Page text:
What PK Grills Looks For In a Hire
The Little Rock, Arkansas-based manufacturer is hiring warehouse help and an office manager. Flexibility, organizational skills and intelligence are qualities the company looks for along with a good attitude and the willingness to come to work and work hard.
"We're going to want them to be able to apply themselves to multiple areas of the business because it's a small team," he says.
The most important skills for anyone looking to succeed are interpersonal communication skills, Moody believes.
"You've got to be able to convey your ideas in a way that other people can understand and get behind to survive in business at any level," Moody advises. "You've got to be able to work with groups of people -- whether that's a large group or a small group. Being able to operate inside a group effectively is super important.
"I also think it helps to find something that you're good at and specialize in that. Become a subject matter expert at something. Make yourself valuable for the company you work for. It will make you valuable in the market."
Take any opportunity you can to learn what you're good at by trying different projects and tasks.
"Ambitious people will take that and they'll become knowledgeable about a certain topic and from there you can determine whether you want to become an expert on that topic and continue to mine it," he says. "I don't know too many people outside those with professional degrees who practice specifically what they studied in college. They figure out what they're good at."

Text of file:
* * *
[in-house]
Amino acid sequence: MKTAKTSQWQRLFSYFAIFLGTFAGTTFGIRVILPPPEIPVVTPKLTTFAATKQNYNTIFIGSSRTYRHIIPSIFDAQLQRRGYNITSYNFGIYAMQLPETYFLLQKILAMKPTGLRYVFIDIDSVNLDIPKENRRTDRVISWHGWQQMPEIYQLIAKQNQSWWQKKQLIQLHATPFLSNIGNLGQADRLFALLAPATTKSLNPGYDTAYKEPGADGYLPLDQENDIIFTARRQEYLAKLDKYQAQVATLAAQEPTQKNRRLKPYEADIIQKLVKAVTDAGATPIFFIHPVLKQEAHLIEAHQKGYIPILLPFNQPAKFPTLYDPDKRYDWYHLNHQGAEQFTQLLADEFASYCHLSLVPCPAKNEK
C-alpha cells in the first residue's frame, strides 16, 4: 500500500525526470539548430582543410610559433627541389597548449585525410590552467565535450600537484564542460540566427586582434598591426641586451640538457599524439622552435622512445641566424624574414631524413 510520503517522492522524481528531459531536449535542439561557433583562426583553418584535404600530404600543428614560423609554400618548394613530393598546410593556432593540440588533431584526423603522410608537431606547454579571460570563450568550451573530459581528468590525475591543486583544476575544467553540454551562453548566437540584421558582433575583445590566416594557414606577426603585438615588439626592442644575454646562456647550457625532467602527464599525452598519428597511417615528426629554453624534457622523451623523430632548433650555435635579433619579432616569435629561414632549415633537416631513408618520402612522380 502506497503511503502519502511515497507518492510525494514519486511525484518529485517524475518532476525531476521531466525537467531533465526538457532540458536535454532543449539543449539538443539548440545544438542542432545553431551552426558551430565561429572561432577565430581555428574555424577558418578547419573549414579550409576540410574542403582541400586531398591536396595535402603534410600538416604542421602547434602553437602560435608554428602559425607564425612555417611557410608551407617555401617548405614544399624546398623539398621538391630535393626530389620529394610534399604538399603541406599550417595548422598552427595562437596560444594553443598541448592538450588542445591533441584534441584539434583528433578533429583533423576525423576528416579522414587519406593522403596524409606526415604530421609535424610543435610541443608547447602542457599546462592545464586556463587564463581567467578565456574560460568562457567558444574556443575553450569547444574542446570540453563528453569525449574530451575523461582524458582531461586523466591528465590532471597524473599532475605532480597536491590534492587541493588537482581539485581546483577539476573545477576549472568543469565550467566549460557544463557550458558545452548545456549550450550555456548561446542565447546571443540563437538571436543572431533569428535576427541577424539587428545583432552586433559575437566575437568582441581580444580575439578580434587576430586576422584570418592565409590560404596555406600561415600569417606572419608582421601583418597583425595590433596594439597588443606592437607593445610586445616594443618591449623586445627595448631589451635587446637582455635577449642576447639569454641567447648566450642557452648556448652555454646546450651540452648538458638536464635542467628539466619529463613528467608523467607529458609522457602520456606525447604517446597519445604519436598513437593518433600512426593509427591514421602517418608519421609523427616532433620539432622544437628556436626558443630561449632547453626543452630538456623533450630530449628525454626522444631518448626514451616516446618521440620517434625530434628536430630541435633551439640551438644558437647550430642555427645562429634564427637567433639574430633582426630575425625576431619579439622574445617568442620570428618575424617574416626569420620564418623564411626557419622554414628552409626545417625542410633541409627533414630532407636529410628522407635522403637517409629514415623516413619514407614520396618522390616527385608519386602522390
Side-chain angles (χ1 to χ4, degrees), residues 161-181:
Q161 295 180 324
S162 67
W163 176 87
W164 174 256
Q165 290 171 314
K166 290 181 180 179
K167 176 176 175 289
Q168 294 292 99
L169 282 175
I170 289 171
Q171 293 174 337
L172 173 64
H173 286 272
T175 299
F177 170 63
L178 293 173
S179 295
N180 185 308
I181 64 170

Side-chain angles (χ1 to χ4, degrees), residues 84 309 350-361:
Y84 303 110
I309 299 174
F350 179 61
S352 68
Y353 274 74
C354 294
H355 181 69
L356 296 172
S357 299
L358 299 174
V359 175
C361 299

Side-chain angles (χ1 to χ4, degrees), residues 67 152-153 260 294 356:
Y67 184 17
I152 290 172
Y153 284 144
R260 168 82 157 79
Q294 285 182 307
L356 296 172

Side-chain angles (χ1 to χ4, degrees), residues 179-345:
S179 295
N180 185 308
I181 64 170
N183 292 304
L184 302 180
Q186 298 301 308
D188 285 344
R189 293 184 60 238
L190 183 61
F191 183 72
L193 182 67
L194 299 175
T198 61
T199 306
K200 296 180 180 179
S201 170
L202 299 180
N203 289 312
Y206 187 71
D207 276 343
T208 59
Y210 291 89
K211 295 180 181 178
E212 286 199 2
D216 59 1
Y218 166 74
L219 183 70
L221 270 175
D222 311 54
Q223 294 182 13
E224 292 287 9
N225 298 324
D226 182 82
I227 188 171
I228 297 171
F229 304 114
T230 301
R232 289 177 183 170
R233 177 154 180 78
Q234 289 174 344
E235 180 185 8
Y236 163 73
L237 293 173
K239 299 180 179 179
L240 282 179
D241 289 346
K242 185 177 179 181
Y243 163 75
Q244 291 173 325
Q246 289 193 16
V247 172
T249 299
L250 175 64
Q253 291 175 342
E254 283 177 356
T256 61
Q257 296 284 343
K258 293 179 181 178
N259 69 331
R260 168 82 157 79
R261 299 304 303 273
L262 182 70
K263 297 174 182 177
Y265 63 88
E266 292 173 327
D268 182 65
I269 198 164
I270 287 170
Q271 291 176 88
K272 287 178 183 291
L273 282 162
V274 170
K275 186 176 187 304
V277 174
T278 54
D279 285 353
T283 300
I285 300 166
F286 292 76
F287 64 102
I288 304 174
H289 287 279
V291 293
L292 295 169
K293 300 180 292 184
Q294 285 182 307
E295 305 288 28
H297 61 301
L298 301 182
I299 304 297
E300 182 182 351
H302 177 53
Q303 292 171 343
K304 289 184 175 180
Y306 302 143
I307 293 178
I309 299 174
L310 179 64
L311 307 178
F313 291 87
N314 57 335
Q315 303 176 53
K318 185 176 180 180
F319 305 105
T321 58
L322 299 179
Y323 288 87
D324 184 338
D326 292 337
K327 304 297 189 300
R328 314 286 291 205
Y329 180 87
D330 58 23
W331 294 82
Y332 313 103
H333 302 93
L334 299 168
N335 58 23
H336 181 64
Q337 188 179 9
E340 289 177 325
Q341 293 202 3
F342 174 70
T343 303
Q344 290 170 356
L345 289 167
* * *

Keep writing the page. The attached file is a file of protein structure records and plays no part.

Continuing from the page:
What's his advice for people out of work a year or more?
"You've got to make yourself relevant in the digital spaces that people live in these days. You've got to have a digital presence. People do look you up before they respond to your resume. If they can't find you, that's a problem. If they can find you and your digital footprint isn't attractive to them, that's also a problem.
"Once you do make contact with an employer, the ability to succinctly convey an idea -- why YOU should be hired for a job -- is really important. It's a skill that can set people apart from the crowd."
What if you're just starting out?
"It's the same thing. I don't think anyone is going to hold lack of experience against you. We've all been in that situation where we just want someone to take a chance on us. The tipping point there is you've got to be able to make an employer confident that they're taking a chance on the right person -- again it's your personal brand."
Moody's best piece of advice is to remain flexible.
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